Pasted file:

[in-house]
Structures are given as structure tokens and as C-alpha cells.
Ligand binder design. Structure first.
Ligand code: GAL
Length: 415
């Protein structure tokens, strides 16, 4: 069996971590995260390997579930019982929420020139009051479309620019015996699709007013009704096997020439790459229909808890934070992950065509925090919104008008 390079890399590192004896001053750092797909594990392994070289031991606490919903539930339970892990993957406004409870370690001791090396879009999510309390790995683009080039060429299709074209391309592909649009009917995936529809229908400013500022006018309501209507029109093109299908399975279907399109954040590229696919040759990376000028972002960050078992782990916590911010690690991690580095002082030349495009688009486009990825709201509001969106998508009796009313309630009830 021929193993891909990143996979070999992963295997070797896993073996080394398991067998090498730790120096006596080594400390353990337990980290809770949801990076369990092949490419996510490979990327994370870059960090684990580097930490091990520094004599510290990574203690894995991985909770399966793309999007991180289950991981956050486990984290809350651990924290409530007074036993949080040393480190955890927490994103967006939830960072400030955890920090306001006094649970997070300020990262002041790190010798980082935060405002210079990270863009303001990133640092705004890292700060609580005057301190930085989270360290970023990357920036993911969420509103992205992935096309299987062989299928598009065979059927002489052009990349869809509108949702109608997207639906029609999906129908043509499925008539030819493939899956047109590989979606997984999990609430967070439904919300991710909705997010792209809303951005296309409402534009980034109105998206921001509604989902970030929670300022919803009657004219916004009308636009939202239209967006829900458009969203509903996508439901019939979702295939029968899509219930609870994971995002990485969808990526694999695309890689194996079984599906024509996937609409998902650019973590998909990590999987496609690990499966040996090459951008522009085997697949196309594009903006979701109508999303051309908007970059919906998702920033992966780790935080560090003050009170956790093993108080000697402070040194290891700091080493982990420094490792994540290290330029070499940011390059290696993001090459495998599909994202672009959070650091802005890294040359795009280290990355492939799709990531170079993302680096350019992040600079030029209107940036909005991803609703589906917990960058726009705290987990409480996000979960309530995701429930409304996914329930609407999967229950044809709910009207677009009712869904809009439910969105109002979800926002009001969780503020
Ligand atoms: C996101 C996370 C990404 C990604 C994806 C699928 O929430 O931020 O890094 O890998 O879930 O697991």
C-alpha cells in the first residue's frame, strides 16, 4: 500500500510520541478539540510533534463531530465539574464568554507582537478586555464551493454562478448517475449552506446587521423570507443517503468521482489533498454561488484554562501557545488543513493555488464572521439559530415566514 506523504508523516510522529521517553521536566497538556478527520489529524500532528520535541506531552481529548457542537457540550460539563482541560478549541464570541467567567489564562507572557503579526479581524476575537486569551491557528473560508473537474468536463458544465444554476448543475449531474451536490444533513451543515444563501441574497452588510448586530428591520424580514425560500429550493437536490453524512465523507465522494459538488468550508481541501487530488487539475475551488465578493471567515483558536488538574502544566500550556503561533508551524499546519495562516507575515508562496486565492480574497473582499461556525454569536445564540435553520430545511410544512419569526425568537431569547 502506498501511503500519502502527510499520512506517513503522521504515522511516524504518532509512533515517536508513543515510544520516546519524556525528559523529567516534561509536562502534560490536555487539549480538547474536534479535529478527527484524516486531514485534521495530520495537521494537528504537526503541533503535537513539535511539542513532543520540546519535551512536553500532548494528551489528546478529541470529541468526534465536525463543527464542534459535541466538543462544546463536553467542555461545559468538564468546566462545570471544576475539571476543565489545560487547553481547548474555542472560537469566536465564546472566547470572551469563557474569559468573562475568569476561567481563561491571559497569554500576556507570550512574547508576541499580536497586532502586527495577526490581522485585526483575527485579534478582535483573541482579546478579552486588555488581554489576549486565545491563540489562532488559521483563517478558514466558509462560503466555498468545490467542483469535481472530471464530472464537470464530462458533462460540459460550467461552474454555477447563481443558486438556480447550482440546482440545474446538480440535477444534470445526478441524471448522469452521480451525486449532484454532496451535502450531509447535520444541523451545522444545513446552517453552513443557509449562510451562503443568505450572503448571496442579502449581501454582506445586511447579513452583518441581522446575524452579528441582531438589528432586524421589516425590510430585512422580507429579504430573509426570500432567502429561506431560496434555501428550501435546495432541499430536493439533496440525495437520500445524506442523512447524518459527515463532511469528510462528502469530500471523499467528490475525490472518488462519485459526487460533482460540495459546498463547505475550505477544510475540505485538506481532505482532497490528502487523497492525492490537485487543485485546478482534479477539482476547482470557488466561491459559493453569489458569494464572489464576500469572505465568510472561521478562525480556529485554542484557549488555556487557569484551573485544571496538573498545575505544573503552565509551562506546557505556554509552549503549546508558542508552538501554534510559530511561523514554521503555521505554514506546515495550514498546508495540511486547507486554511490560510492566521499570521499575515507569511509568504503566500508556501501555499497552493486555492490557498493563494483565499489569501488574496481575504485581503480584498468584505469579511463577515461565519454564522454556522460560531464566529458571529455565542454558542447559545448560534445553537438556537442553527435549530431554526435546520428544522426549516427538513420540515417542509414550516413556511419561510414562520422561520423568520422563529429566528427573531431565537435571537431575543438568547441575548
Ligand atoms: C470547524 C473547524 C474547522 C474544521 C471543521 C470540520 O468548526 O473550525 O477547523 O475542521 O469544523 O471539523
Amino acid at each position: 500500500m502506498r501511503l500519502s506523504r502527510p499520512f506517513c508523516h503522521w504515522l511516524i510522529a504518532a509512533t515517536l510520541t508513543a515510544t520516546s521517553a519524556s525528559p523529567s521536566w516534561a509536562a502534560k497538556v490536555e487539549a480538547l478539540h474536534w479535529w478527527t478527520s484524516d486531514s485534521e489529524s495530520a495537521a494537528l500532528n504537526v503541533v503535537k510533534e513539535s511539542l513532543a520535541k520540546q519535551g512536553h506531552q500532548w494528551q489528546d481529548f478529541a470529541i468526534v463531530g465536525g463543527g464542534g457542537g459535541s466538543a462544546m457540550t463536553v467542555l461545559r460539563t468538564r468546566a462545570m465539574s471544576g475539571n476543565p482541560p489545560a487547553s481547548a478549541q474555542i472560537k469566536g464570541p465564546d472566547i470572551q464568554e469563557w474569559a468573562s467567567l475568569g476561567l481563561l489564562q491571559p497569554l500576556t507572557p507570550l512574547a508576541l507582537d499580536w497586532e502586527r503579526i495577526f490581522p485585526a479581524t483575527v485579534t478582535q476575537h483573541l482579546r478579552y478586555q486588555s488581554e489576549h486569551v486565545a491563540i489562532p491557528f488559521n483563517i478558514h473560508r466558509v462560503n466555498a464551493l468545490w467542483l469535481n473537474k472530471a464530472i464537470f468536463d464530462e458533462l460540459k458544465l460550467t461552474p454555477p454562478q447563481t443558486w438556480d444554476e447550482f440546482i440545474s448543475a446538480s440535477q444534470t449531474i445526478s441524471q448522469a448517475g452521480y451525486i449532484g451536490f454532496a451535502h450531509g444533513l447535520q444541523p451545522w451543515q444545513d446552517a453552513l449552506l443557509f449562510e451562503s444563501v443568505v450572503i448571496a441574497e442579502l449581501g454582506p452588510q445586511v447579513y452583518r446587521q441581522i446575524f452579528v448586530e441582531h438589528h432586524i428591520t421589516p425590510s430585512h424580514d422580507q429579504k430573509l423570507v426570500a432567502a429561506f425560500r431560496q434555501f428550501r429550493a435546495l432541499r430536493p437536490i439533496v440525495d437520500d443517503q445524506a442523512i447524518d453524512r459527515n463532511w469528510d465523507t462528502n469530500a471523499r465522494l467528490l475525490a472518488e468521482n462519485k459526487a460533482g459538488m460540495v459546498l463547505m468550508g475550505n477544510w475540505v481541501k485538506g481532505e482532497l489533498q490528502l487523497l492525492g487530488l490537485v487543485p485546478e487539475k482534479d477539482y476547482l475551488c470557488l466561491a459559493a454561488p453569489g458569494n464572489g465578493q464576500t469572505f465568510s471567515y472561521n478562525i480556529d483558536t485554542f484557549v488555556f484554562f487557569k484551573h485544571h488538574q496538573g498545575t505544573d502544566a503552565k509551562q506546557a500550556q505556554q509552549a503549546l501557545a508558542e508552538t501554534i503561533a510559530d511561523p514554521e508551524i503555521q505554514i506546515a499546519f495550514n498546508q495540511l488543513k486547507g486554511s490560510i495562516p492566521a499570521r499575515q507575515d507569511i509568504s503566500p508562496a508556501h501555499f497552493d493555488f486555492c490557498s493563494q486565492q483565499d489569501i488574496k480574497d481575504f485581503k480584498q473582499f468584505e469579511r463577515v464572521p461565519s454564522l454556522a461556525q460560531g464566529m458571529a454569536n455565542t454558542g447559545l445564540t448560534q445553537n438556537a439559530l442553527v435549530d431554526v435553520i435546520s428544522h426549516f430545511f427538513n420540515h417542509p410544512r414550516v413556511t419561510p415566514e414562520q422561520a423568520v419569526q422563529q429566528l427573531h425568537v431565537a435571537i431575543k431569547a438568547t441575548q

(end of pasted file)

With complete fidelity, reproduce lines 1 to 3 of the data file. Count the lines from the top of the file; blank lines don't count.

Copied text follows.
[in-house]
Structures are given as structure tokens and as C-alpha cells.
Ligand binder design. Structure first.